The problem doesn't lie with curves in Weierstrass form necessarily, but with naive implementations of elliptic curve arithmetic on such curves.
Basically, if you implement an ECC scheme (ECDH, ECDSA or whatever) on a smart card using a curve in Weierstrass form in the most straightforward way possible (by writing a simple double-and-add loop for exponentiation using textbook formulas for addition and doubling), then anyone can basically take the smart card, perform power analysis while the scheme is running, and directly read off your secret exponent from the power trace because additions and doubling produce quite different patterns on the trace.
See e.g. J.-S. Coron, "Resistance against differential power analysis for elliptic curve cryptosystems", CHES 1999, for some of the basic attacks and countermeasures.
Using appropriate countermeasures, you can certainly implement elliptic curve cryptography on Weierstrass curves in a way that is largely secure against side-channels. The argument of proponents of other curve forms (such as Montgomery curves if you want ECDH, or curves with unified arithmetic like Edwards curves for signatures and other applications) is that, as you say, implementations are easier to get right with those other forms (and as a side benefit, they tend to have better performance characteristics as well). See also this related answer by Thomas Pornin.
For example, the Montgomery ladder, which is the standard way in which you would implement exponentiation on a Montgomery curve, is safe against simple power analysis without having to add in any other countermeasure. Of course, if you want to protect against stronger physical attackers, you may still need to add other countermeasures to your implementation (against DPA, fault attacks, etc.), but the basics are covered, so the situation is really a bit better than with Weierstrass form, where the most standard exponentiation algorithm is leaky and countermeasures tend to be costly.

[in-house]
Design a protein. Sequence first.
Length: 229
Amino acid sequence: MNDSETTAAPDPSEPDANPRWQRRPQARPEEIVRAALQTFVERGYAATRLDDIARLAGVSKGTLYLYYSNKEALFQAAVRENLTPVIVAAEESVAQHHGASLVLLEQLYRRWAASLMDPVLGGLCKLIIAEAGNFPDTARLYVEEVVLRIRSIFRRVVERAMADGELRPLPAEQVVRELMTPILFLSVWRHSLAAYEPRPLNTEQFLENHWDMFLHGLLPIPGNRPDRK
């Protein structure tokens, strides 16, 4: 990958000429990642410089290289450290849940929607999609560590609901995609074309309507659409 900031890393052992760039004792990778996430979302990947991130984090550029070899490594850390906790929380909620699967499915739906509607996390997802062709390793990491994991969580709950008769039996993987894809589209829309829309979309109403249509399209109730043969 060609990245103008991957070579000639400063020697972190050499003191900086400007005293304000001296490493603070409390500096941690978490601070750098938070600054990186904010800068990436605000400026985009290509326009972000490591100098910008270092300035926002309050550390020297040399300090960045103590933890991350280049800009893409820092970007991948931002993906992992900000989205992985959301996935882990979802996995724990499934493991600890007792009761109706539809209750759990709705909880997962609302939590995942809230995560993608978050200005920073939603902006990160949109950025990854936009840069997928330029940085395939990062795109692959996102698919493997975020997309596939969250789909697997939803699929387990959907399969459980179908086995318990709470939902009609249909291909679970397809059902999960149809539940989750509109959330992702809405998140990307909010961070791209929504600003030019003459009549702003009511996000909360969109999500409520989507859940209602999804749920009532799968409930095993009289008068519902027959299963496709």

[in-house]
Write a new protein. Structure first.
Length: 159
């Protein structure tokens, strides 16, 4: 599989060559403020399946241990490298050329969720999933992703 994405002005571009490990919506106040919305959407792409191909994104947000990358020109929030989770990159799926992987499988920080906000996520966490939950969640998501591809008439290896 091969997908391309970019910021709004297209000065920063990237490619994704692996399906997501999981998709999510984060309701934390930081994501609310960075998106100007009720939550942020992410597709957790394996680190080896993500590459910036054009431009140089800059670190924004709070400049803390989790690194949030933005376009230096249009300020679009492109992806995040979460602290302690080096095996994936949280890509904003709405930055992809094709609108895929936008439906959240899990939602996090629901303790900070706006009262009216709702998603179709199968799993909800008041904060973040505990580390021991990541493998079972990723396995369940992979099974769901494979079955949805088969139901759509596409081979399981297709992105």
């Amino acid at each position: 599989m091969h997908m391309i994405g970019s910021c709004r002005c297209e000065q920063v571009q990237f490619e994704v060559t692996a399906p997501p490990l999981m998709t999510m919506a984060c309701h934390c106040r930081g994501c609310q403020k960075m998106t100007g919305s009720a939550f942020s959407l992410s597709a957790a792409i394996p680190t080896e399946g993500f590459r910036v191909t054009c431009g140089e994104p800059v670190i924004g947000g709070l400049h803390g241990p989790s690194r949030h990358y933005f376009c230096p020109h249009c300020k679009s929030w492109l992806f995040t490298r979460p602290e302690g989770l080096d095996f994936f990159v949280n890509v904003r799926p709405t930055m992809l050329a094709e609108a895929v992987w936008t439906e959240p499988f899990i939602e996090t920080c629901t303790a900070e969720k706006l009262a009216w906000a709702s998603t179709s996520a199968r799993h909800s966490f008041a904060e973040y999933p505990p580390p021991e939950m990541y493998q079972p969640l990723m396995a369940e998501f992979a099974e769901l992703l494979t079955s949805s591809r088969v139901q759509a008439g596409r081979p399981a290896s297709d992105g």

Side note: the idea that on Montgomery curves "the same algorithm can be used to do both point addition and doubling" isn't entirely correct. Typically, people use Montgomery curves for the very efficient x-only differential-addition and doubling operation that can be used to do efficient, SPA-secure exponentiation up to sign (the Montgomery ladder). But you can't really do point addition at all (certainly not x-only point addition, since it's not well-defined, and if you're going to use two components, you might as well use a better suited curve form).
It's twisted Edwards curves (among others) that admit addition formulas that can also be used for doubling. Now it turns out that any Montgomery curve is birationally equivalent to a twisted Edwards curve and vice versa (you can use any such curve in one form or the other depending on the application) so the distinction might sound a bit academic, but all of these curves can also be put in Weierstrass form as well, after all, so the difference certainly matters as far as implementations are concerned.